Business owners & sales

How to avoid three common mistakes business owners make

Owners are often the sole or lead salesperson of their business, and this is generally done to minimise costs. Not many business owners get out and sell if they don’t have to, though they can be very good at it. Owners possess knowledge and skills that hired sales staff usually lack. Among these critical skills and knowledge areas are the following:

  • total product expertise
  • an understanding of the nuts and bolts of the business itself (rather than just those areas related to sales)
  • familiarity with the business realities of their clients, and
  • discretion in matters of cost, financing, delivery, maintenance etc.

Yet there is more to making sales than expertise, empathy and autonomy.

Sales is a discipline with its own rules and methodologies; however, few business owners take the time to learn them. While they are experts in what they sell, they just don’t see the value in becoming experts at selling. Even if they did, they’re usually too busy running the business to devote sufficient time. They should.

Simply adopting a few basic selling rules can increase sales enough to change the trajectory of a small business. But here’s a better reason: sometimes it’s the owners’ greatest strength – their expertise (or at least what they do with it) – that gets in the way of making sales. Let me explain.

Talking too much

You’ll never listen your way out of a sale, but you can sure talk your way out of one.

Salespeople at the beginning of their careers tend to talk too much due to nerves.

Business owners talk too much because they just have so much to say about their product or service. They know it back to front – and they can give prospects a million reasons why it’s perfect for them. So they start talking, and pretty soon all the prospect is hearing is ‘Blah blah blah’.

It’s not the expertise that’s the problem. Customers want to buy from experts, but they don’t want to be lectured to. Business owners need to embrace the manner of the doctor rather than the university lecturer. Doctors ask a few questions, listen carefully to the answers and come up with a diagnosis. It’s a collaboration that makes the patient feel in charge.

Prospects want the same things from salespeople – an expert who listens, digests information and only then comes up with a solution. They don’t want to be told. They don’t want to be sold to.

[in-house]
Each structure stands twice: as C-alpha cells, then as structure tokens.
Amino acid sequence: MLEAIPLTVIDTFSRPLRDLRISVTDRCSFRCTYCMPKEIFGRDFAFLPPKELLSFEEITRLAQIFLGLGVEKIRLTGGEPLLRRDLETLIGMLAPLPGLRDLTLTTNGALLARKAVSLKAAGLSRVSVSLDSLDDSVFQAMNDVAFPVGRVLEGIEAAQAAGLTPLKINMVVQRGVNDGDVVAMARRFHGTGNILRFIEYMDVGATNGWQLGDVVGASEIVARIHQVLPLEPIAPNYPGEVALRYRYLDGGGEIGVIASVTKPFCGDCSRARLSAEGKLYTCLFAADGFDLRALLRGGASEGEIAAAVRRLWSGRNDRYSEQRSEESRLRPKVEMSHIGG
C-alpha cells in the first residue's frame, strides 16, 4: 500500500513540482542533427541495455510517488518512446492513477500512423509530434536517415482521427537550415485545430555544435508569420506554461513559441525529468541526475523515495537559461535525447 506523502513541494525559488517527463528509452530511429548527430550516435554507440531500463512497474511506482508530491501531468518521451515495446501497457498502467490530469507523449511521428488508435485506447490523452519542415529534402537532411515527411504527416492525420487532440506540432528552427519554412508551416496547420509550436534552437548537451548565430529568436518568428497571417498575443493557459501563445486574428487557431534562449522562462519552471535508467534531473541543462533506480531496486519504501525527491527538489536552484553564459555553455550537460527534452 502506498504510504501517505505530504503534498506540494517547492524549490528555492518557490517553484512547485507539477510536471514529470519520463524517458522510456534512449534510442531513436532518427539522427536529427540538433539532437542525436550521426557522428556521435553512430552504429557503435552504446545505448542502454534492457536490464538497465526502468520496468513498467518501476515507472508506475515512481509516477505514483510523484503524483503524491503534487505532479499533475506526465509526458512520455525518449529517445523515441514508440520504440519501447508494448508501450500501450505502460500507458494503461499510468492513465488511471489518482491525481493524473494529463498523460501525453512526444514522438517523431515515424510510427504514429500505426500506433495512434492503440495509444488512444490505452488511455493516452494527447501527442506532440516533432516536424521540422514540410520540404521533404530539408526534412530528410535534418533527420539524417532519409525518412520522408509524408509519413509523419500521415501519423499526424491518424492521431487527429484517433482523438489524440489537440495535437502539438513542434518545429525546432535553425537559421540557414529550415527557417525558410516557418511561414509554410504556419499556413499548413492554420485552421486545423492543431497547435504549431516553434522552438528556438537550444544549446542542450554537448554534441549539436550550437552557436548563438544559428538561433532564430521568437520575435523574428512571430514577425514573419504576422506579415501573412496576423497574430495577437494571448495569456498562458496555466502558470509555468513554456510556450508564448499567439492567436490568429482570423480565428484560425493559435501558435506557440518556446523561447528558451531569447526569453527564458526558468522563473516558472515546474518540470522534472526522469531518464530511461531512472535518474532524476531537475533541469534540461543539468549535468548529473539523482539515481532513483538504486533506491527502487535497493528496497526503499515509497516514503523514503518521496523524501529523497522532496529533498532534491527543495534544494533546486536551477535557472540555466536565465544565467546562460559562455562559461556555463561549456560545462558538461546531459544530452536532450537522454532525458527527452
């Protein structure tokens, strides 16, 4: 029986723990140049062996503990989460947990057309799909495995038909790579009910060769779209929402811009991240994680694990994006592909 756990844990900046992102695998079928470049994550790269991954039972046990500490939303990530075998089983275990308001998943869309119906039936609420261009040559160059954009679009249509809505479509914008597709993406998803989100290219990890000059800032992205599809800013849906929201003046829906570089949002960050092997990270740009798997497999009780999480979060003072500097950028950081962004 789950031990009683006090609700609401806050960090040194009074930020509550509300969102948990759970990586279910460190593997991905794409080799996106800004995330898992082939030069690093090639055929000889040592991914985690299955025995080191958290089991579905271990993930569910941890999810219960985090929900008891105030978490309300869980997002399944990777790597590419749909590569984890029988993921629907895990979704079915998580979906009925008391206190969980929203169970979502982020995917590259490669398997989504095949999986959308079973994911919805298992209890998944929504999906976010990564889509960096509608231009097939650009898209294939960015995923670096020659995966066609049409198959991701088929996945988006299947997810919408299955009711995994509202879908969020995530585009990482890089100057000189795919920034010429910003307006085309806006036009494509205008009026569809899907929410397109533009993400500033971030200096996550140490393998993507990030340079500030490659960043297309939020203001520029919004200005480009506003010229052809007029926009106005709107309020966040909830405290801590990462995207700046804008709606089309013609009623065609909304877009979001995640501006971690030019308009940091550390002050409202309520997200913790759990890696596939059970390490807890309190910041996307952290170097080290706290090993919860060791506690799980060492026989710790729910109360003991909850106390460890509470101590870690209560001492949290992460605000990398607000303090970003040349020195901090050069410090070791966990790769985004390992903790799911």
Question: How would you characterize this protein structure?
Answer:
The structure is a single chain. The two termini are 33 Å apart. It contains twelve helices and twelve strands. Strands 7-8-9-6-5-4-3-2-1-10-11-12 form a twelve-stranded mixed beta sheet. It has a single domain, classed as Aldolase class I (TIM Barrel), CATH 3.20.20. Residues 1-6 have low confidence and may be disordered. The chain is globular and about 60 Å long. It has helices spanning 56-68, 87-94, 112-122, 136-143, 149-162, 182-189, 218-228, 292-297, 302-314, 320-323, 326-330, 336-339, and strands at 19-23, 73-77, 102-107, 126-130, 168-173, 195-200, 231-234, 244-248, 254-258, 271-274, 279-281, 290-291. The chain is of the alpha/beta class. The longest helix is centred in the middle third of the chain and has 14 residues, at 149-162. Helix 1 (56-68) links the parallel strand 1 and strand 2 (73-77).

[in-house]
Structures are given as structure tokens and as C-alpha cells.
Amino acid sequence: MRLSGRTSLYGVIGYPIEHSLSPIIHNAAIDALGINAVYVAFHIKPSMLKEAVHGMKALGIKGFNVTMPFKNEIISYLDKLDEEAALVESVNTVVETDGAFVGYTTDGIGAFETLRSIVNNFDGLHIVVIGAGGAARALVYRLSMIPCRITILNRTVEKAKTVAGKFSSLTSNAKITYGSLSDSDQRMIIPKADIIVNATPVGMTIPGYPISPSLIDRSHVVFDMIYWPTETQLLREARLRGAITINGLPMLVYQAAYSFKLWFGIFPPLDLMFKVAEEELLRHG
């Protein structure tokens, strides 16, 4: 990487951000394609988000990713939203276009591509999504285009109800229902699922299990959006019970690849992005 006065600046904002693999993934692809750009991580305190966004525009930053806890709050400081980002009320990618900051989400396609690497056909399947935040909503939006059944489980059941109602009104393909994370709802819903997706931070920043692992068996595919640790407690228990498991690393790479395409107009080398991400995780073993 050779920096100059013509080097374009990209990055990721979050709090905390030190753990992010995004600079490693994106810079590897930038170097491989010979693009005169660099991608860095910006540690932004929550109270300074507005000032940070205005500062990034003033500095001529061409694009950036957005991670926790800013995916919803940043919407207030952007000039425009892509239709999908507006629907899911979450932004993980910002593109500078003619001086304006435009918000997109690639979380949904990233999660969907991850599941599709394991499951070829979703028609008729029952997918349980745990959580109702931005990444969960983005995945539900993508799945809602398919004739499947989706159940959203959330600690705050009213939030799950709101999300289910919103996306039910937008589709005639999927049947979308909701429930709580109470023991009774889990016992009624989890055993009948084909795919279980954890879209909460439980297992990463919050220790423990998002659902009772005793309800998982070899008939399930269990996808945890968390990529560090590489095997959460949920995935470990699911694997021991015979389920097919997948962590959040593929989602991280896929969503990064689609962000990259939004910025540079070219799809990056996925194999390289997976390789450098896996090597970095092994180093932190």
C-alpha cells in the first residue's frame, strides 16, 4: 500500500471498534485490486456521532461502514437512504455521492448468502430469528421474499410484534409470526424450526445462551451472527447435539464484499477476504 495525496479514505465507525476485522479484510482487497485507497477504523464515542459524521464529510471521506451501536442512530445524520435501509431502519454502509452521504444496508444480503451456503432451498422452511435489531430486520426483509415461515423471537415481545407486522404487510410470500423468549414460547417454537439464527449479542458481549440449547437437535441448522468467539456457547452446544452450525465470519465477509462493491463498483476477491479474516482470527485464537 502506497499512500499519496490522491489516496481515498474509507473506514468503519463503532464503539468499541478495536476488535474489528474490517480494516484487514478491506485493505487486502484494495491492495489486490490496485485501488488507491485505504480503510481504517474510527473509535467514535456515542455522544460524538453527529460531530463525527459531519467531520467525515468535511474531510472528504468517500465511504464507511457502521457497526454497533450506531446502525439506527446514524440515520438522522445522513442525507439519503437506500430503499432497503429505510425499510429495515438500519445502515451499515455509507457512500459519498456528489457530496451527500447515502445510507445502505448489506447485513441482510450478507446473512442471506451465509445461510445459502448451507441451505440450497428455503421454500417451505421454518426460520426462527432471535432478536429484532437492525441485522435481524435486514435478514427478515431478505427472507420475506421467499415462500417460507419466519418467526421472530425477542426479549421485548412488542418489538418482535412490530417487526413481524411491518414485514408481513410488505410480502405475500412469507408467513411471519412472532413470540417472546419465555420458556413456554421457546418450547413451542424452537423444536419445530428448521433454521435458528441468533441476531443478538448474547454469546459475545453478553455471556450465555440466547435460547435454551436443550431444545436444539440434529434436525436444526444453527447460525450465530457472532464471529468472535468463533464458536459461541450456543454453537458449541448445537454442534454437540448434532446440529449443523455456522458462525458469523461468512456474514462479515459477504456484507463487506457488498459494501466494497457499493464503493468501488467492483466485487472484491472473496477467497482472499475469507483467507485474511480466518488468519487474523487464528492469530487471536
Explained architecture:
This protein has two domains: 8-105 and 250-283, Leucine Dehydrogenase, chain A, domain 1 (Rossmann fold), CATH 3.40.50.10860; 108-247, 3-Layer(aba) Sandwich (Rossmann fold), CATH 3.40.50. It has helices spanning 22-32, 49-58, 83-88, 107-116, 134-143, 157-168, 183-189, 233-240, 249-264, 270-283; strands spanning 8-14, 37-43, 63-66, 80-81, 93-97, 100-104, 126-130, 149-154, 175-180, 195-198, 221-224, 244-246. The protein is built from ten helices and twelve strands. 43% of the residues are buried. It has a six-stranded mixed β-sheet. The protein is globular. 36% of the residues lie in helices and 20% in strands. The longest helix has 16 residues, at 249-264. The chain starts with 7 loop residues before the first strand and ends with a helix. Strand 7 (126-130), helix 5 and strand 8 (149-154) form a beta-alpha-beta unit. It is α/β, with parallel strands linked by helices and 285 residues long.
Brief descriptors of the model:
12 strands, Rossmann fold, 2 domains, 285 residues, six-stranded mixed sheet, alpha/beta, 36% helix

Don’t even start with what it is; you’ve got to start with what it does, and then continue with what else it’s going to do, because the more it does for the prospect the more chance you have of selling it, particularly in business-to-business sales.

  • Does it create wealth?
  • Does it reduce overheads?
  • Does it give an advantage over competitors?
  • Does it simplify operations? Does it provide peace of mind?

What does your product or service do? That’s what you sell.

Selling to the prospect’s cost consciousness

Business owners obsess about costs. They’re always looking to make the best deal possible for supplies, transportation, staff, rent etc. In other words, when they are buying price weighs heavily in their decision, as it should.

But this kind of cost consciousness can be your enemy when you’re selling. With cost always at the front of your mind, it is tempting to try to sell to your prospect’s cost consciousness. But if you do this, you are going to undermine the value of your product. It’s as simple as that.

Be conscious of cost when you buy, but never sell to cost consciousness.

Talking ‘is’ instead of ‘does’

A business owner’s product or service is like a child. They’ve conceived it, seen it through development and built an entire business to support it. Its ‘is-ness’ is palpable. Sometimes owners fall in love with what a product is.

But you can’t sell that, because the prospect couldn’t care less what the product is. They only want to know what it does – for them. Here again, the business owner’s best qualities get them into trouble. Expertise and emotional engagement with what they sell often sends them waxing lyrical to prospects about what it is.

And what does the prospect hear? Blah blah blah.

If you allow price to occupy the conversation before you’ve demonstrated value, then the prospect is going to see your product as a mere commodity. More importantly, they’re going to see you as a commodity.

Don’t compete on price; only compete on value. It’s one of the basic rules of selling, but business owners are distracted by the instincts they acquire running businesses.

Mark Garbelotto, CEO, Australian Academy of Sales, a Registered Training Organisation

“There is more to making sales than expertise, empathy and autonomy. Sales is a discipline with its own rules and methodologies.”  sales